In the same vein, there is no obvious rationale for treating the 1994 peso crisis differently from negative shocks in the period prior to liberalization. For example, it would have been at least as appropriate to pull out the 1974-75 world recession as an exogenous crisis, so that Mexico's poor performance in these years would not be counted against its overall growth rate in the period prior to liberalization. There is no obvious rationale for treating shocks differently in the post-liberalization period than in pre-liberalization period, as this regression does.


  

             

Even accepting the serious flaws in the design of the study, there are worse problems. The main problem is that the World Bank apparently used erroneous data in running its tests. This fact is easily verified by examining Figure 2 of Chapter 1 in the World Bank article (reproduced as figure 1a below). This figure shows the ratio of per capita GDP in the United States to per capita GDP in Mexico over the years 1960-2000. The ratios shown in this chart are far out of line with any standard estimates of per capita GDP in the two countries. For example, by 2000, the figure shows the ratio to be approximately 2 to 1. According to the Penn World Tables, which are generally accepted as the most authoritative source for purchasing power parity measures of GDP, per capita GDP in the United States was $33,293 in 2000, while per capita GDP in Mexico was $8,762 (PWT 6.1, series RGDPCH). This implies a ratio of 3.8 to 1.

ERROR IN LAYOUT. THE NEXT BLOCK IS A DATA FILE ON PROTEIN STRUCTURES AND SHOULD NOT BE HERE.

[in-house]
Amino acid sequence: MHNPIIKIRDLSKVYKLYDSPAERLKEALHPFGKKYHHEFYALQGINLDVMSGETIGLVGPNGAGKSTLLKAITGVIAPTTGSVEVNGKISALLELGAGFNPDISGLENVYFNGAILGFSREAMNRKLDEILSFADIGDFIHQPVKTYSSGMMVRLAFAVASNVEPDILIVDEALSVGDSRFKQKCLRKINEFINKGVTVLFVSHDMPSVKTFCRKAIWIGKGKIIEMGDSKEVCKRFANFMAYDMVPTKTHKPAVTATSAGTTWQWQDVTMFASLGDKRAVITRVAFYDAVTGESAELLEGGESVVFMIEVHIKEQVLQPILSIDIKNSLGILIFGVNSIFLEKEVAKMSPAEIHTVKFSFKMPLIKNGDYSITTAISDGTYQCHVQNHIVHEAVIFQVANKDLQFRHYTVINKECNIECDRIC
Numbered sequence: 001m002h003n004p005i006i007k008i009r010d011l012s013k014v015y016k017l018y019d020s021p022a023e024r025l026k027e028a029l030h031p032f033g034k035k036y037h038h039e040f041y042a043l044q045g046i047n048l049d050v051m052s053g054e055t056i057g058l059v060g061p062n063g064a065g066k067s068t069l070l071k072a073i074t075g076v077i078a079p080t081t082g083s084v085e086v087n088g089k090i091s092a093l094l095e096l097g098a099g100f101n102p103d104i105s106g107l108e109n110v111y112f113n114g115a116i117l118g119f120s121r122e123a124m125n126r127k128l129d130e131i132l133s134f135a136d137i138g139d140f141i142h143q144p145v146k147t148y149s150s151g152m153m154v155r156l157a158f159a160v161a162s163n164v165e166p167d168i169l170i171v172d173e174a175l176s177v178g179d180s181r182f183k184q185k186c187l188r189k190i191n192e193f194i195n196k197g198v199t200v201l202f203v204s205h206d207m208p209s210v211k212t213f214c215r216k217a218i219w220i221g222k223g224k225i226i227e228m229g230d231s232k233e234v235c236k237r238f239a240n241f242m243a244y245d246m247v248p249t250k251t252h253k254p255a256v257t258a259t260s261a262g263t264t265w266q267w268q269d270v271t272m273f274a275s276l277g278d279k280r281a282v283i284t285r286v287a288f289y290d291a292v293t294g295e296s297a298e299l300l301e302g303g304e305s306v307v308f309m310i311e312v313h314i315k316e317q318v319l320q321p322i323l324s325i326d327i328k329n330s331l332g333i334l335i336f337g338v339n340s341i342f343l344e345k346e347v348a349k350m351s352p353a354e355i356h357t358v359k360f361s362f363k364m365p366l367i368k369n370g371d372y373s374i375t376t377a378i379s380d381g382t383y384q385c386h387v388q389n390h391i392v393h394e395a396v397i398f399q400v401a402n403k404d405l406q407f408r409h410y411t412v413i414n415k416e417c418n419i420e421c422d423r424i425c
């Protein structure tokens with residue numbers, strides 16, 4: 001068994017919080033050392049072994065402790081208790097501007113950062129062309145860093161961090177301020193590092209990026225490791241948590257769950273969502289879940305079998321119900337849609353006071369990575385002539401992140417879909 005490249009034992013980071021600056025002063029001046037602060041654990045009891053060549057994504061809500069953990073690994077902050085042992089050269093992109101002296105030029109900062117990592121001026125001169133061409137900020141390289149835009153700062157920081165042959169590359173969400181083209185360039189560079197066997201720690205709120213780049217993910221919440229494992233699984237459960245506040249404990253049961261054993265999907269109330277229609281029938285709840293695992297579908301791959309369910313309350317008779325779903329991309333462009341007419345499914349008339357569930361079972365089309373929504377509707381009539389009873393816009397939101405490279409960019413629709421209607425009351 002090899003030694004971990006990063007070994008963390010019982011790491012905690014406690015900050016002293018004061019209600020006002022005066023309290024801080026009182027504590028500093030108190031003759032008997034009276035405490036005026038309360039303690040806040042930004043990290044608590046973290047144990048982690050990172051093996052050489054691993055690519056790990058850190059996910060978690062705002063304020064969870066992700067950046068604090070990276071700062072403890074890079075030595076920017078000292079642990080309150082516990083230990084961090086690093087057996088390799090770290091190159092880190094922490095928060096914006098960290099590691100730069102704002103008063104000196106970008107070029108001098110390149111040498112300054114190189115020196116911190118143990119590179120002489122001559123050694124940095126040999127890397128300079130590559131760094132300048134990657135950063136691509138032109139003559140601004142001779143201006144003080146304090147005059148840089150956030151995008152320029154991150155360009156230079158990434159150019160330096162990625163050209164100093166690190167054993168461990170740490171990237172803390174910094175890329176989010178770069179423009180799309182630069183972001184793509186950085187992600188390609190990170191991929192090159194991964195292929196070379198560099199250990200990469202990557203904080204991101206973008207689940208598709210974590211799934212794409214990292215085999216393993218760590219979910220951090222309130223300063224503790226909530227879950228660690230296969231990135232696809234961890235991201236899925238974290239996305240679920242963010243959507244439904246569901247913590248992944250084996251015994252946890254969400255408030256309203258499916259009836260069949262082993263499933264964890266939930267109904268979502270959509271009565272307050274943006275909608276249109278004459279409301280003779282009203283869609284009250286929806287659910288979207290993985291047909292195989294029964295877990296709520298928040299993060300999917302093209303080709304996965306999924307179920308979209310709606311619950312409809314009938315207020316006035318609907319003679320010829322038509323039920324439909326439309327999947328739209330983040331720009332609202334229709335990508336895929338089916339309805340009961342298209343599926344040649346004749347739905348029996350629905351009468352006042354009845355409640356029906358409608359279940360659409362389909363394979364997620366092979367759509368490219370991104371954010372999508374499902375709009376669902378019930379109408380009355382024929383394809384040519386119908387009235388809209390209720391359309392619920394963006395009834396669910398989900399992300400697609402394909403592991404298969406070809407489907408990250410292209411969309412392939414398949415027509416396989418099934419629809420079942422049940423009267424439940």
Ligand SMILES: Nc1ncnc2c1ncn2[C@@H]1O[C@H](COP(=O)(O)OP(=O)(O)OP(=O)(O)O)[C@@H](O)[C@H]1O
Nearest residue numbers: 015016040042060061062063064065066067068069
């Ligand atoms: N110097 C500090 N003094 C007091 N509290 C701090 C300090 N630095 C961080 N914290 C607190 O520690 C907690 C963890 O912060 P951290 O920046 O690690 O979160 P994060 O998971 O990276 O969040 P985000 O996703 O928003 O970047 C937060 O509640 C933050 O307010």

If the U.S. had only twice the per capita GDP of Mexico, this would imply for the U.S. a significantly lower standard of living than is generally accepted. At $16,714, the United States' per-capita GDP would fall between that of Portugal and New Zealand (see Table 1) at a level nearly one-third below any other measure and well below the OECD average. As the OECD data shows, the per capita GDP of the United States was $31,741 in 2000, or 3.8 times that of Mexico's $8,357.


Table 1:  OECD per-capita GDP ratios in 2000

Country

Country GDP per capita/ Mexico GDP per capita[1]

Per-capita GDP

Luxembourg

5.06

$42,310

United States

3.80

31,741

Norway

3.31

27,638

Switzerland

3.29

27,533

Ireland

3.24

27,087

Iceland

3.20

26,785

Canada

3.11

26,022

Austria

3.10

25,883

Netherlands

3.02

25,247

Denmark

3.01

25,156

Sweden

2.97

24,849

Belgium

2.93

24,494

Australia

2.86

23,294

Japan

2.85

23,836

Finland

2.83

23,662

Germany

2.79

23,343

France

2.78

23,206

Italy

2.71